iCub is the Robot that is Equally Cute and Creepy

We shouldn’t say iCub — the humanoid robot from Italy — is creepy. After all, human-like robots are in their infancy and an early computer or automobile would hardly be indicative of where those industries would take us. You can see the little guy in the video below.

The effort is open source and was part of an EU project that has been adopted by 20 labs around the world. The video just shows a guy in VR gear operating the robot, but the website has a lot of technical information if you want to know more.

The robot has 53 motors and has vision and audio sensors along with other sensors like accelerometers and gyroscopes. The robot is meant to be the size of a three and half year old child. We don’t know why. There are many projects based on the hardware including Darwin which is trying to develop a robot that can assemble and disassemble complex objects and another project aimed at giving the robot linguistic skills.

We couldn’t help but notice that the operator’s motions were not replicated by the robot. Instead, walking forward was more of a cue that the robot should also walk forward. We get why this is, but it is also fairly inefficient. We get the cool factor of you walk and your avatar walks, but if you have to take 20 steps to the avatar’s one childlike gait, you are going to wear out pretty quickly.

iCub shouldn’t be too lonesome. There’s Poppy, of course. Although, he might be a little lonesome since Asimo retired.

13 thoughts on “iCub is the Robot that is Equally Cute and Creepy

  1. My guess regarding the size: people make affordances for small children. You don’t expect them to have the same abilities as an adult. The robot appearing to be a toddler means that many (most?) people will expect it to behave like one, so quirks in movement or whatever are excused and don’t seem out of place.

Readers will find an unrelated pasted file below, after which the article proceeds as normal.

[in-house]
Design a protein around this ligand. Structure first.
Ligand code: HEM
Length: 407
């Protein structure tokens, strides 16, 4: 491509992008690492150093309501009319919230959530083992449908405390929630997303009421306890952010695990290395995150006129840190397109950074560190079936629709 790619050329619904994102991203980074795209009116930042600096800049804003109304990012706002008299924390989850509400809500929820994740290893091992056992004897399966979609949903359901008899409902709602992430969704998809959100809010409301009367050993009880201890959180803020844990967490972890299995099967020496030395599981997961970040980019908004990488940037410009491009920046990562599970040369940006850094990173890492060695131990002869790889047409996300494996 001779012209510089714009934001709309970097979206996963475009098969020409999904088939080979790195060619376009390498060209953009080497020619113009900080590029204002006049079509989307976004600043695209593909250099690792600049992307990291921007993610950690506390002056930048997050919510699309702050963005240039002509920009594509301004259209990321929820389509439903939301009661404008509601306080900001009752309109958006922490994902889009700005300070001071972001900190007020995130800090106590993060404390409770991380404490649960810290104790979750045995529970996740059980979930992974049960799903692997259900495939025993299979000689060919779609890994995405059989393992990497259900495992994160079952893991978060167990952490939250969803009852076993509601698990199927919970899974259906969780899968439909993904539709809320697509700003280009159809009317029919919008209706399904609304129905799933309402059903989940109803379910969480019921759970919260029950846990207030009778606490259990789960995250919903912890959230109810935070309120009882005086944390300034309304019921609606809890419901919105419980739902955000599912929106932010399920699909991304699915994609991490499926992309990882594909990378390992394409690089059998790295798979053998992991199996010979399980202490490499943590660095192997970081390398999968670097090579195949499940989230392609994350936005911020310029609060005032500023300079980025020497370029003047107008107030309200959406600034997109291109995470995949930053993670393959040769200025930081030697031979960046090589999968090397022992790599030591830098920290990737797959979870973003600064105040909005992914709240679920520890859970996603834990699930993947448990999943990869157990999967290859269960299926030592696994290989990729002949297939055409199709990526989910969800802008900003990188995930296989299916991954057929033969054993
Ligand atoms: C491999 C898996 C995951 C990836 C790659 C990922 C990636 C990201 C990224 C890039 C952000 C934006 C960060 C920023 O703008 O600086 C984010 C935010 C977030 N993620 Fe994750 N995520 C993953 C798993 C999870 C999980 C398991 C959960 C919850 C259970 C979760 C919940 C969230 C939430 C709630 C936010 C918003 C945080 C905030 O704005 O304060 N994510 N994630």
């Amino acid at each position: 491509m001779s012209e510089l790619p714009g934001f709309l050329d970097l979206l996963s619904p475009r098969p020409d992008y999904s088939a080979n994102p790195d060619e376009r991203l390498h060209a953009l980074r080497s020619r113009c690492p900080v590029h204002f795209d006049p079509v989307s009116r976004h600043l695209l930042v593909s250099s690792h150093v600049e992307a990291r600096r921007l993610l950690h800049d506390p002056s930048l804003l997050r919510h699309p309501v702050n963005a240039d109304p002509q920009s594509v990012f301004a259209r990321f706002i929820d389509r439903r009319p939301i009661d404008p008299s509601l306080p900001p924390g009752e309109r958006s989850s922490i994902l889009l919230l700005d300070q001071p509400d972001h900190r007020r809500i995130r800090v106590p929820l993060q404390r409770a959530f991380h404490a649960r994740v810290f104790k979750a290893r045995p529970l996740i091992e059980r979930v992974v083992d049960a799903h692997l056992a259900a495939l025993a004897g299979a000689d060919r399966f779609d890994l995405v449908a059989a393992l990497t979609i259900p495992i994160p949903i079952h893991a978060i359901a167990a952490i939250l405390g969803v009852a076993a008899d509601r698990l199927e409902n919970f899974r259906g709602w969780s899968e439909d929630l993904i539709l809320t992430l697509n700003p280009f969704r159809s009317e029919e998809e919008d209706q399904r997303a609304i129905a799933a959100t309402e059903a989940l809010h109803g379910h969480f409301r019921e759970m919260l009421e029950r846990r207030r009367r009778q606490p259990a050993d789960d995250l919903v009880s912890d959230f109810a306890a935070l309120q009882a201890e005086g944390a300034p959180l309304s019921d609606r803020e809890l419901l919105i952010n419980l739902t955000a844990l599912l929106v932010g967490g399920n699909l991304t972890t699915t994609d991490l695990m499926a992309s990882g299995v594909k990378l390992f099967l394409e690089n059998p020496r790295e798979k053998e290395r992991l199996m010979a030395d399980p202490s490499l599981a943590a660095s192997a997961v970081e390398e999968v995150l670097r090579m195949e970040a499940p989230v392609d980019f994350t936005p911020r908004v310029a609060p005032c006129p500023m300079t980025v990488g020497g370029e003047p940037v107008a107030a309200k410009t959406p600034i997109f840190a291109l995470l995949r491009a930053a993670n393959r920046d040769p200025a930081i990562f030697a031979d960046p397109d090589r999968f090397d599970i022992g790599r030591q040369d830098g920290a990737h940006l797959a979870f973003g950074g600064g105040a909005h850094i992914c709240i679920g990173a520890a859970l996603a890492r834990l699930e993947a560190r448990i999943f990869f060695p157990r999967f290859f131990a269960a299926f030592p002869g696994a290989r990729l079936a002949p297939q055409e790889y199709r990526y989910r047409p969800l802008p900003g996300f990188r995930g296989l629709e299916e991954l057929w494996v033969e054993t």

1. Or injure itself. Looking at my own children, they just don’t have too far to fall. It would be interesting to know just how much of our injuries are caused by soft tissue meeting a sudden stop. And how much is a used by soft tissue being squashed by the rest of the still moving soft tissue. Having a low mass has its benefits.

  2. Small size requires less power and lower cost (like smaller motors). As the project is open, this should help financing locally the developments for those countries or institutions with limited resources. Also some parts are 3D-printable and small size helps here also.

  3. They made it a practical size, for the intended purpose, which seems to be remotely controlled way to interact with the surroundings. Much larger, and they would be stepping up to more expensive and harder to source hardware. Going smaller would be similar, not too mention more difficult to take a part, to make repairs or upgrades. The software will continue to improve, as they work with it, but I wouldn’t expect human like motion or reflex, motors aren’t muscles, work differently. There will likely be some degree of delay, and jerkiness, as what the operator is directing, has to be translated into the scale of the robot, orientation sensors will need to make corrections, to keep it standing. You’ve got to start some place, learn from it, then start again on a better version, just part of the process.

  4. Yet another robot that shuffles around with bent knees. Robot walking with knees that fully straighten is a long solved thing, so why does anyone still build humanoid robots that can’t straighten their knees?

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